Ida’s mother dies. Lecon runs off a month later and Pauline marries Dale Cree. Ida leases her land and installs electricity and plumbing in her house. Around this time, Willard Pretty Dog returns from the war. Willard Pretty Dog was once the most attractive boy on the reservation, and was conceited and vain about his appearance. During the war, however, he stumbled on a land mine in Italy, and is now rumored to be hideously deformed. Willard has even gone so far as to paint the windows of his car so no one can see him as he makes his frequent trips to the hospital. Ida asks Father Hurlburt about Willard, and he says Ida should pay Willard a visit. Willard is so ashamed of his appearance that Father Hurlburt knows he will never see anyone at his house, but thinks he might be able to persuade Willard to stop by Ida’s on the way back from the hospital.
Father Hurlburt says he will stop by with Willard the next Thursday. The night before, Ida turns on her radio and takes a relaxing bath. The day of Willard’s visit, Ida has Pauline take her to the store, where she spends an excessive amount of money on groceries. Ida prepares dinner and puts Christine to bed. When Father Hurlburt arrives, Ida can hear him trying to coax Willard from the car. Ida goes outside and without even looking at Willard drags him inside her house. Once there, Willard settles down slightly. Father Hurlburt leaves and Ida tells Willard he looks better than she had expected him to. Willard disdainfully asks what Ida knows about anything, so Ida tells him her whole story. That night they go to bed together.
Willard begins to live with Ida. Pauline wonders what other people will think about Ida and Willard’s relationship. Ida denies she is sleeping with Willard, even though she clearly is. Father Hurlburt does not condemn Ida when he makes his next weekly visit, and Willard joins in on their customary conversation. Three months later, Willard’s mother stops by Ida’s house and says that she has heard unconfirmed rumors about her son and Ida. Mrs. Pretty Dog acts as if Ida is Willard’s nurse, although it is clear she understands that Ida and Willard are romantically involved.
Willard goes back to the hospital for more reconstructive surgery. While Willard is away, Father Hurlburt stops by Ida’s house to tell her that Lecon is dead. Soon afterward, Ida realizes she is pregnant. Although she embraces the idea of being pregnant, she keeps it secret and plans to use the news to boost Willard’s happiness if the operation goes well, or to console him if it does not. Ida rides with Father Hurlburt and Mrs. Pretty Dog to the hospital. When the doctor removes Willard’s bandages, everyone is surprised to see that he is nearly as handsome as he was in high school. Mrs. Pretty Dog assumes that Willard will no longer need his “nurse,” but Willard says he will be going back to Ida’s anyway, and that it is time his mother understood that Ida is more than his nurse. Mrs. Pretty Dog argues that Willard can have any girl he wants now. Willard remains firm, saying that even though Ida may not be beautiful or smart, he wants to stay with her because she stood by him. When Ida hears Willard’s words, however, she does not appreciate the less than flattering portrait he paints of her. By the time Willard is finished, Ida no longer wants him, and refuses the charity of his presence.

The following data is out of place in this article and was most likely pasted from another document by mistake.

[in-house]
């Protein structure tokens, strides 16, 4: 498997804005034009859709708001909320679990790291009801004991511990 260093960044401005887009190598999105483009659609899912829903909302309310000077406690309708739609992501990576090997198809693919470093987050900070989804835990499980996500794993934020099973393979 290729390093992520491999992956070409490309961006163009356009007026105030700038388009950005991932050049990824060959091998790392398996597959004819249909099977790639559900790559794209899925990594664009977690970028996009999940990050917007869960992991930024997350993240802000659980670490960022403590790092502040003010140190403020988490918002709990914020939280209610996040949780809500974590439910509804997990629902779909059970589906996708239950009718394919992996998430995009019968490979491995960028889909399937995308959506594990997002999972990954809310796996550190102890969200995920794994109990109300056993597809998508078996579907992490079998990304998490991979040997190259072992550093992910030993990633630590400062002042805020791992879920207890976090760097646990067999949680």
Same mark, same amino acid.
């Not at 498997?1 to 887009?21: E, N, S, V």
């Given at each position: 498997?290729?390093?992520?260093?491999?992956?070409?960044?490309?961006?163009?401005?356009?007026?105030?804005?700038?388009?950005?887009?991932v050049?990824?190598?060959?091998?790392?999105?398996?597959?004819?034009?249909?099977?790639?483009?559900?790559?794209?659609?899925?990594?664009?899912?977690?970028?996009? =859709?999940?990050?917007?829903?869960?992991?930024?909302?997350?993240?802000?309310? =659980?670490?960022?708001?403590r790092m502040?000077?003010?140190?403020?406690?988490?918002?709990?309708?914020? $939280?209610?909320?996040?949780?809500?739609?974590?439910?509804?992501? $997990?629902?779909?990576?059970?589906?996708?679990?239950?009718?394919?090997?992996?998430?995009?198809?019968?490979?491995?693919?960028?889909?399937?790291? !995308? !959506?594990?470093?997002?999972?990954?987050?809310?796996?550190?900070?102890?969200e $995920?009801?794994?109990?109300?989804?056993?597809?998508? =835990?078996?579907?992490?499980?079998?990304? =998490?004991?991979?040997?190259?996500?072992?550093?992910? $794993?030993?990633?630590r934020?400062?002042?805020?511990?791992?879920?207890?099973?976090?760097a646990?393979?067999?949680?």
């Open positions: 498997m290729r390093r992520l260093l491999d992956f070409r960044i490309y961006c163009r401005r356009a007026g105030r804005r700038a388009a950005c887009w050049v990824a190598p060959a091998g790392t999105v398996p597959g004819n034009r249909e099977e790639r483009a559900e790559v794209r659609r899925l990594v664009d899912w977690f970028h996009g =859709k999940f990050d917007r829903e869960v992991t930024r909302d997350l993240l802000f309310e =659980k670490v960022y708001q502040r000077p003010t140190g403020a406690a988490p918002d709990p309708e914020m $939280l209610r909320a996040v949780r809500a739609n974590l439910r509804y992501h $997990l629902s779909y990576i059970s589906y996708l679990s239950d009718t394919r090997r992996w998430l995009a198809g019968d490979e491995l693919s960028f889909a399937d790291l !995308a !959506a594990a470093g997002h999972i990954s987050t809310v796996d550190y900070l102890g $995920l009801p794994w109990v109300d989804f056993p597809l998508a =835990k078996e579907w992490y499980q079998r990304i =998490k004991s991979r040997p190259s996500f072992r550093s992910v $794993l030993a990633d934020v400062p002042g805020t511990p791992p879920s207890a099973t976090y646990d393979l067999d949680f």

When people begin to imply that Willard must be the father of Ida’s yet unborn child, Ida sarcastically implies how unlikely that would be. She never denies it outright, nor does she deny any other speculations as to the identity of her child’s father. The only denial Ida makes comes when Pauline asks if Father Hurlburt is the child’s father. Ida still associates with Willard, but she no longer feigns ignorance or stupidity. She wants to show Christine that it is all right to act strong in front of a man. When Ida tells Christine about the baby, Christine wants to know what its name will be. Pauline wants Ida to name the child after their parents, but Ida does not like that idea. However, when the baby—a boy—is born, Ida does name him Lecon, which she then abbreviates to Lee. From the day of his birth, everyone can tell that Lee is a beautiful child.